Bike goal: 5:40 Bike time: 5:42:05
Getting into Bike In, I popped off R2D2 as quickly as my cramping stomach would let me and handed my bike off to the nearest volunteer. I scuttled off to grab my run bag and click-clacked much like a raptor over to the changing room. I grabbed my shoes out of my bag as I was greeted by the warmest volunteer who convinced me that my soggy socks were not going to be a pleasant addition to a marathon. She helped me into my fresh new socks, handed me the rest of my affects and I was off! I cannot commend these volunteers enough.
Stomach cramping and all was slowing me down from my anticipated 9:30 min/miles to about 10:40 min/miles. As I rounded out of T2 out of the hubbub of the crowd I heard my mom's voice above the crowd cheering and relaying the race plan from my coach. It must be biological, but no matter what is going on around me I can always pick her voice out of the crowd. Even across a lake as I experienced entering the water of a half ironman earlier in the year. I gave a thumbs up to my support crew and set my sights on Mile 1 Run Aid.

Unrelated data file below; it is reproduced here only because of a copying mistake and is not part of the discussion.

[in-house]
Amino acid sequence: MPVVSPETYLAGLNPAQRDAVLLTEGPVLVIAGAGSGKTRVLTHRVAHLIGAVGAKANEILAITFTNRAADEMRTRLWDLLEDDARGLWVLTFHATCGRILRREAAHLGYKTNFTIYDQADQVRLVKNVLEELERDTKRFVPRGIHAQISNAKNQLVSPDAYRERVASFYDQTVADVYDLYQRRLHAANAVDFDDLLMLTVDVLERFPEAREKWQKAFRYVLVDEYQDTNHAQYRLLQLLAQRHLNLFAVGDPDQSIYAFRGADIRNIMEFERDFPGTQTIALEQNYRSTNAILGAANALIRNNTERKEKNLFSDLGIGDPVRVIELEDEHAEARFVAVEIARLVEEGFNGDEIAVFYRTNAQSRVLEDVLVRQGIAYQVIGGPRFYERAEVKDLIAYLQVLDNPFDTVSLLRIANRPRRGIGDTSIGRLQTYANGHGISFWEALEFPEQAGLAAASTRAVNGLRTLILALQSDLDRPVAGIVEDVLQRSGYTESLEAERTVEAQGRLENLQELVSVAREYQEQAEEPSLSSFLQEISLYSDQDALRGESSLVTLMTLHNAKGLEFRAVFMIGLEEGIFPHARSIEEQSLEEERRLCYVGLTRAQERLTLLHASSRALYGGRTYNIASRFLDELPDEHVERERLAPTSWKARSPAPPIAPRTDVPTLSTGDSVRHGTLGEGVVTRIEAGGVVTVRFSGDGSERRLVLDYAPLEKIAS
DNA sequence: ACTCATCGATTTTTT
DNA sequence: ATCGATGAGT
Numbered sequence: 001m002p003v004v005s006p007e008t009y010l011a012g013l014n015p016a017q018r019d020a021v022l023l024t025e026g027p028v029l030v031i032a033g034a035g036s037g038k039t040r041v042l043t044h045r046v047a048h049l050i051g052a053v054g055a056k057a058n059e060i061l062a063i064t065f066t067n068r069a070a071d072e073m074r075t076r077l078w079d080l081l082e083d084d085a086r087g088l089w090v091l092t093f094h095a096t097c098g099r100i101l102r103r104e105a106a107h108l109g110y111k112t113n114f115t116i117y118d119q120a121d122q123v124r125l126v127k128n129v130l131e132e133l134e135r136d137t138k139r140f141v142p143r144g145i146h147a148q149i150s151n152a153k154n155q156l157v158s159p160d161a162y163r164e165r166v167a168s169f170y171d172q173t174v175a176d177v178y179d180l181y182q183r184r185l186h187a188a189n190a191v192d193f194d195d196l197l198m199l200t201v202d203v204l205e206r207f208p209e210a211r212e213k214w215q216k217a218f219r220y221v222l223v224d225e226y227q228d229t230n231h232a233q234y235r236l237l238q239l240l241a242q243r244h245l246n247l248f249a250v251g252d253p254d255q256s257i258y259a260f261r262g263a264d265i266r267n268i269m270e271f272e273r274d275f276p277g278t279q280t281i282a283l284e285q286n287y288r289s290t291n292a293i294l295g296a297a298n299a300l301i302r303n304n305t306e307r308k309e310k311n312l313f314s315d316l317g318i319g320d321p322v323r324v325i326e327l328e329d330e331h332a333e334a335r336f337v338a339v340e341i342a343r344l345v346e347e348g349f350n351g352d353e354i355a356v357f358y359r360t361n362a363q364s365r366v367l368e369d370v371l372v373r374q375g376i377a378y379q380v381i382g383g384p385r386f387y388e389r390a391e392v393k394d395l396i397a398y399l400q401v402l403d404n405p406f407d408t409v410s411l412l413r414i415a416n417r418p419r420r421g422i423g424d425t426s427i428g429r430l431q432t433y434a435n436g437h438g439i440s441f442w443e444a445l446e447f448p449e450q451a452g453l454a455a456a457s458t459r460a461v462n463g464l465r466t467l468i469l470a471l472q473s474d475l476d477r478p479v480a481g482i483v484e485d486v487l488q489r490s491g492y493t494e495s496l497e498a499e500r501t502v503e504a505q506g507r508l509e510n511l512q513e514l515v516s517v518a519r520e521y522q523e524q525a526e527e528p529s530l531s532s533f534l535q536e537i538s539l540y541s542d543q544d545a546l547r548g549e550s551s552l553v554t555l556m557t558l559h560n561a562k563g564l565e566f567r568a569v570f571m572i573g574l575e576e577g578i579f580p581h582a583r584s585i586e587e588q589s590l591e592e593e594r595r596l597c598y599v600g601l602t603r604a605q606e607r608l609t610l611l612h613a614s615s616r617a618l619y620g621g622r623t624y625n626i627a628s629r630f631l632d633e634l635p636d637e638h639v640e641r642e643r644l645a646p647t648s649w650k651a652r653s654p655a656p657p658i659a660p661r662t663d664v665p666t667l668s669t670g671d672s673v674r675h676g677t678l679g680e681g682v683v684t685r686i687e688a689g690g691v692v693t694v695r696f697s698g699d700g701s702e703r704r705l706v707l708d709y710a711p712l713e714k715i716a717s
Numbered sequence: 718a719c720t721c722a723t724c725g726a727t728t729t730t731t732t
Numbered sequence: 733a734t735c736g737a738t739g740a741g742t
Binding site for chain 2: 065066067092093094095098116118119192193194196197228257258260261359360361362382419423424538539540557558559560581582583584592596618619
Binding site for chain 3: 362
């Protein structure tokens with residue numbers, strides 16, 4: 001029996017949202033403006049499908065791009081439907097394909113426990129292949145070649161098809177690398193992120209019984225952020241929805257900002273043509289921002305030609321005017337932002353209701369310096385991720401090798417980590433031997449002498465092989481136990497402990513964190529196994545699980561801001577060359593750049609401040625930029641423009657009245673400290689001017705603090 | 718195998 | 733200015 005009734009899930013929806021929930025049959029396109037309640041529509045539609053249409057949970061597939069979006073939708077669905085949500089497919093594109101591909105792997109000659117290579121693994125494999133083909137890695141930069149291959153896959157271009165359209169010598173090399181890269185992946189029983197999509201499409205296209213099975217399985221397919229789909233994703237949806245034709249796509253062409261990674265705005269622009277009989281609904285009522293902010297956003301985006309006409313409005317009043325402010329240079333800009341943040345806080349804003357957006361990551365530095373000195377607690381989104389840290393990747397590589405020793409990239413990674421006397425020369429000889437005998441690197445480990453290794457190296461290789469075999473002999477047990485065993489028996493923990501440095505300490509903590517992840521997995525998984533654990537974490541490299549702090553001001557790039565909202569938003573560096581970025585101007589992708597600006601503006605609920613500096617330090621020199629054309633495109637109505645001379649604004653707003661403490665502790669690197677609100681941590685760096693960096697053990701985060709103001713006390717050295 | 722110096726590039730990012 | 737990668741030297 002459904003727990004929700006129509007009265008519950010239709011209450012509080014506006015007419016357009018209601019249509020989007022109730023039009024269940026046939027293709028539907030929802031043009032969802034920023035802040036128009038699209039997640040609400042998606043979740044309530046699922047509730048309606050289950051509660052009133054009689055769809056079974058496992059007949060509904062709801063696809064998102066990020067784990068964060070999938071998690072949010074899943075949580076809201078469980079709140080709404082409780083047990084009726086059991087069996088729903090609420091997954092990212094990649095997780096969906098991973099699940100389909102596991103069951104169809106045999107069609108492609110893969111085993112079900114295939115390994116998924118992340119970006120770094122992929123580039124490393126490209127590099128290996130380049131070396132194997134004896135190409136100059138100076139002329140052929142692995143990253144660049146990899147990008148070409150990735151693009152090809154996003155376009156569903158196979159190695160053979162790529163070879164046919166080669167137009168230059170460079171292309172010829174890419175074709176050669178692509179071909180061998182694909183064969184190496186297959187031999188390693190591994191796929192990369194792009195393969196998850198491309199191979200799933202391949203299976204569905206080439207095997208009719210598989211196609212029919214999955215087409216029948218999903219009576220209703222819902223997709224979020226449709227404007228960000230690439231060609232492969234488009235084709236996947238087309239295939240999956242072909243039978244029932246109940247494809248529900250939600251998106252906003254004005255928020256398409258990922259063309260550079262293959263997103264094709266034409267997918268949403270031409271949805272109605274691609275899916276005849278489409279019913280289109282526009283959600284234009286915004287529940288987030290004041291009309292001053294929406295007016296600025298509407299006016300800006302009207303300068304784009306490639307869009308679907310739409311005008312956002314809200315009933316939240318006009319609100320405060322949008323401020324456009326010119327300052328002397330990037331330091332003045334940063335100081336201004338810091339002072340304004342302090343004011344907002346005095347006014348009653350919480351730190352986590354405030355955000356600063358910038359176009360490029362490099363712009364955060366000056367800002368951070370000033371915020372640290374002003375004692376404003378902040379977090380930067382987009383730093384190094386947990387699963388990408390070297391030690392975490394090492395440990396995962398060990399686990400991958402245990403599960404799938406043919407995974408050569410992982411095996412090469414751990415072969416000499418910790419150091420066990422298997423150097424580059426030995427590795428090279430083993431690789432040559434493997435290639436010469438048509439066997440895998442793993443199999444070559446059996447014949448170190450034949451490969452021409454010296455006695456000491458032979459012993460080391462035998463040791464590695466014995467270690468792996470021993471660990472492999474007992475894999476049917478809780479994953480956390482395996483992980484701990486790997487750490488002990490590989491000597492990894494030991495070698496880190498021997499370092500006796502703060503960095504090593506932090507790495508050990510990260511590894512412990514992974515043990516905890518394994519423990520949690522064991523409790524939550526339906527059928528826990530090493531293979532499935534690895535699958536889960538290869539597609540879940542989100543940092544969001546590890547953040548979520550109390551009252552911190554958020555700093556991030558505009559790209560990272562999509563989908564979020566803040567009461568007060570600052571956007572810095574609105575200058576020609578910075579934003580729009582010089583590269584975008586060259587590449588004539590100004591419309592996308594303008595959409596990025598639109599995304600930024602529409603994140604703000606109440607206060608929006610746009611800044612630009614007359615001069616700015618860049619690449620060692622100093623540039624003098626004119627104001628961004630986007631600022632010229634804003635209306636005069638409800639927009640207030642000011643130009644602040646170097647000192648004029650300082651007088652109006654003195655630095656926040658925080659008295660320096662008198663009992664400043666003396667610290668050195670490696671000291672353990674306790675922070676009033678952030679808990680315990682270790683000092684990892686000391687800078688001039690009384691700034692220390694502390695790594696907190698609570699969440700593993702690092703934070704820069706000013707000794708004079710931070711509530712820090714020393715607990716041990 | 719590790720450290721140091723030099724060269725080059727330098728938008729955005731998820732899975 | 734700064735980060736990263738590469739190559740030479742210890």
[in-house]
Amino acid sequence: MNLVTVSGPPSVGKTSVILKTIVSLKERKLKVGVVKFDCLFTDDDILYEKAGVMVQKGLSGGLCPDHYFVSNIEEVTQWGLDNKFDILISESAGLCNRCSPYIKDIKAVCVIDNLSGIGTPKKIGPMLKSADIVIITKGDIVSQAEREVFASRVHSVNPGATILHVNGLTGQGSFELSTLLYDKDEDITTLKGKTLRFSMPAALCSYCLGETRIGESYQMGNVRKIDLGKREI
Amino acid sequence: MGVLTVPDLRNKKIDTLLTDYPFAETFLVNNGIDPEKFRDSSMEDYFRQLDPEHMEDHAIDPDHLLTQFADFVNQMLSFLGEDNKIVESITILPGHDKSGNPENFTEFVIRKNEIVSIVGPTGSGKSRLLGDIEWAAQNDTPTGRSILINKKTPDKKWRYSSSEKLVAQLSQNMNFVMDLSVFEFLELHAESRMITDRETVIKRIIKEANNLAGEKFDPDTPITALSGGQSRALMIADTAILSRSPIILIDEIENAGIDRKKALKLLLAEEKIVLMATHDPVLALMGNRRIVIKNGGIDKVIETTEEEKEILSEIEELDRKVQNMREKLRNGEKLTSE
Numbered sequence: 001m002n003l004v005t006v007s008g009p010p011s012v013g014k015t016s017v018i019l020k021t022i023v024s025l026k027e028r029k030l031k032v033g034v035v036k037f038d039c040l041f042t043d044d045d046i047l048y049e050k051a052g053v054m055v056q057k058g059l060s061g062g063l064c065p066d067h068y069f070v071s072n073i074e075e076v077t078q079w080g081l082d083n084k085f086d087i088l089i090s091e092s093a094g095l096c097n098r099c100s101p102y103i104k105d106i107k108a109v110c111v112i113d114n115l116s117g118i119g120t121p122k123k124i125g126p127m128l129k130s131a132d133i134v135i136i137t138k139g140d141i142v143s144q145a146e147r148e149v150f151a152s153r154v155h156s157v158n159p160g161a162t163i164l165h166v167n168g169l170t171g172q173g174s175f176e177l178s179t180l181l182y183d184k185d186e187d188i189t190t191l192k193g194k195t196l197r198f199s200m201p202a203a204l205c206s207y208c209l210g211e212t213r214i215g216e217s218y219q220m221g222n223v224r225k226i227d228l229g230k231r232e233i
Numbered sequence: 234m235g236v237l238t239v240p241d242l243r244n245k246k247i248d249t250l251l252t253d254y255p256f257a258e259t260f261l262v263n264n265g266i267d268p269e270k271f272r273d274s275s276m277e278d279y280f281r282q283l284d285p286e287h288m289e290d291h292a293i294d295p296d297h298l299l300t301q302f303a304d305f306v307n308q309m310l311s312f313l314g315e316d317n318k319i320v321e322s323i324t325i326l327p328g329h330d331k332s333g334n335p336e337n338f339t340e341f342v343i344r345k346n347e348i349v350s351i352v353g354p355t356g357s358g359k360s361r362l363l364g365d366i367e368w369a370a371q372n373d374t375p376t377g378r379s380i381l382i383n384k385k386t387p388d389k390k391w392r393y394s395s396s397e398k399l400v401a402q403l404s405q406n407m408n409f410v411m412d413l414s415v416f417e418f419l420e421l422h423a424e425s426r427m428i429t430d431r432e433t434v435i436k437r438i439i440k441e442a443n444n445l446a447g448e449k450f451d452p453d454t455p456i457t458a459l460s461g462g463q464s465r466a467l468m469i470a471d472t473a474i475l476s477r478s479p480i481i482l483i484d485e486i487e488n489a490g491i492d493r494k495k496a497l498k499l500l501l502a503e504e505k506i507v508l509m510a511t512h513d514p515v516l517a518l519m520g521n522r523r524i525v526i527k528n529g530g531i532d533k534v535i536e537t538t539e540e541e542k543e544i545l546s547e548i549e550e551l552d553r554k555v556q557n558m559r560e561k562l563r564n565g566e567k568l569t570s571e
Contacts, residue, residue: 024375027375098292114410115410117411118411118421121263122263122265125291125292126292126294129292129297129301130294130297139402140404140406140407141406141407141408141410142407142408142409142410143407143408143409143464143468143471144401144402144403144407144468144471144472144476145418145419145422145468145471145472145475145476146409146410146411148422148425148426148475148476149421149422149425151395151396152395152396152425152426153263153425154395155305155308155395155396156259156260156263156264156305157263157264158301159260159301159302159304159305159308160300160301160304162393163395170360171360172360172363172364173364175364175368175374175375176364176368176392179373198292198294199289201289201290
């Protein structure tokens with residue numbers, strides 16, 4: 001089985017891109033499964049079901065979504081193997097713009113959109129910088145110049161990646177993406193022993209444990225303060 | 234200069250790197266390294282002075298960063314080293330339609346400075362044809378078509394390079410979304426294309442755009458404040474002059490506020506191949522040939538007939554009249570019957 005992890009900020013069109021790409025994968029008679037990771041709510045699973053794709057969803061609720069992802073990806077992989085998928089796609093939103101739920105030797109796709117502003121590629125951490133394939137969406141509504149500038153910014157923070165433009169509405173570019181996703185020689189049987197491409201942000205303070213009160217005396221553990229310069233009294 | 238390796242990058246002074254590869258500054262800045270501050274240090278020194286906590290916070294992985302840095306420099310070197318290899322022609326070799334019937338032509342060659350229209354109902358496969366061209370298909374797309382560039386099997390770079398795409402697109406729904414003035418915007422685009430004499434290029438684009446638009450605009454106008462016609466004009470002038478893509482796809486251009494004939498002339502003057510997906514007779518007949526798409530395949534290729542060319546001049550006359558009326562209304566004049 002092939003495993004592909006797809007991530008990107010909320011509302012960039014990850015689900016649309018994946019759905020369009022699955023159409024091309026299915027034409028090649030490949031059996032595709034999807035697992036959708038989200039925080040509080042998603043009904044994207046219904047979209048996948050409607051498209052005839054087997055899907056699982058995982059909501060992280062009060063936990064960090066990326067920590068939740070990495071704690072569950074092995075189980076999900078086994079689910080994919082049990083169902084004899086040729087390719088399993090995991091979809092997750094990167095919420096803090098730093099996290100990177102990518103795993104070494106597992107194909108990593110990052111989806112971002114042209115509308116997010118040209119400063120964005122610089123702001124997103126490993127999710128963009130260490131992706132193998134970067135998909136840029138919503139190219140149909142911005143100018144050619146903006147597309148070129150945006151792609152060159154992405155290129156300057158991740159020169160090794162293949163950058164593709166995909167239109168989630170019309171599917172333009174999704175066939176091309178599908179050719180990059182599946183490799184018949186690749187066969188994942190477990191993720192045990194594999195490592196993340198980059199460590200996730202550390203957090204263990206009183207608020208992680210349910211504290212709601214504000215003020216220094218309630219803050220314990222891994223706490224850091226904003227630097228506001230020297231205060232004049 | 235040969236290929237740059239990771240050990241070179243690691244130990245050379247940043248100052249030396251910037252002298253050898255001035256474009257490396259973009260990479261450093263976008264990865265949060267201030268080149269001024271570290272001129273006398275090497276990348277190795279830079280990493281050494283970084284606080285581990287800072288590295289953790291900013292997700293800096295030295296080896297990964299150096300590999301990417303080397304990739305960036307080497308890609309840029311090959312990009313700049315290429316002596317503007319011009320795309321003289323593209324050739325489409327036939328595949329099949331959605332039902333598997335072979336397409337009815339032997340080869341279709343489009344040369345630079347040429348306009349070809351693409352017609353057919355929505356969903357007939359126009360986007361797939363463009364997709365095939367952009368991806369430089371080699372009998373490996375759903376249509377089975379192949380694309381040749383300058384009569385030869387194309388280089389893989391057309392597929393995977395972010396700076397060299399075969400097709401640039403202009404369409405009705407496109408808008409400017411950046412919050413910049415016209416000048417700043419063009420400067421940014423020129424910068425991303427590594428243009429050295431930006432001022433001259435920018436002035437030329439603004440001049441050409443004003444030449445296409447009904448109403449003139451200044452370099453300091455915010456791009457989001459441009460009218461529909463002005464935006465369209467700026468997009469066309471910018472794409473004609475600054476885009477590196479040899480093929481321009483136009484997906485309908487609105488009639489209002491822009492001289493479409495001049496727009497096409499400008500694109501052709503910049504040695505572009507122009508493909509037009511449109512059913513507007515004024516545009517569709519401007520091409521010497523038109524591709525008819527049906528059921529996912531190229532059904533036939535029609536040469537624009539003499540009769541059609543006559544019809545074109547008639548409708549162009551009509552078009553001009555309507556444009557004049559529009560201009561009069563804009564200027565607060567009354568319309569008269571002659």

Coke, like BASE, has never let me down in the past. I was desperate to end the stomach pains and execute a run I was capable of. As I approached the aid station, I prayed that Coke would be my answer. I sniped the Coke from a volunteer, took as much in as possible, and was rewarded with keeping this nutrition down! For a few steps. From mile 1-4 I was on a quest for nutrition to rid myself of these stomach pains. I tried coke, water, pretzels, chips, fruit, anything and everything that I could get my hands on. Finally, after mile 4 I was able to solve my stomach pain issue in a very unlady-like way that I will not subject to anyone reading this report.
I was free! With the cramping stomach relieved I was able to execute my run plan - 9:30 min/miles for the first 18 miles. I finally felt as I had expected: strong, confident, running down my competition. In the back of my mind I knew, having all my nutrition evacuate my system with nothing but water to replenish it was not physically sustainable. I set my mind on executing my plan until the wheels popped off, but I would be have to be carried off on a stretcher before I would throw in the towel. Racing this distance brings me to a level of elation that I can only compare to a spiritual or religious experience. I feel as though I am really living, really experiencing everything in life possible, all with 2500 of the most similar strangers I've ever ran across.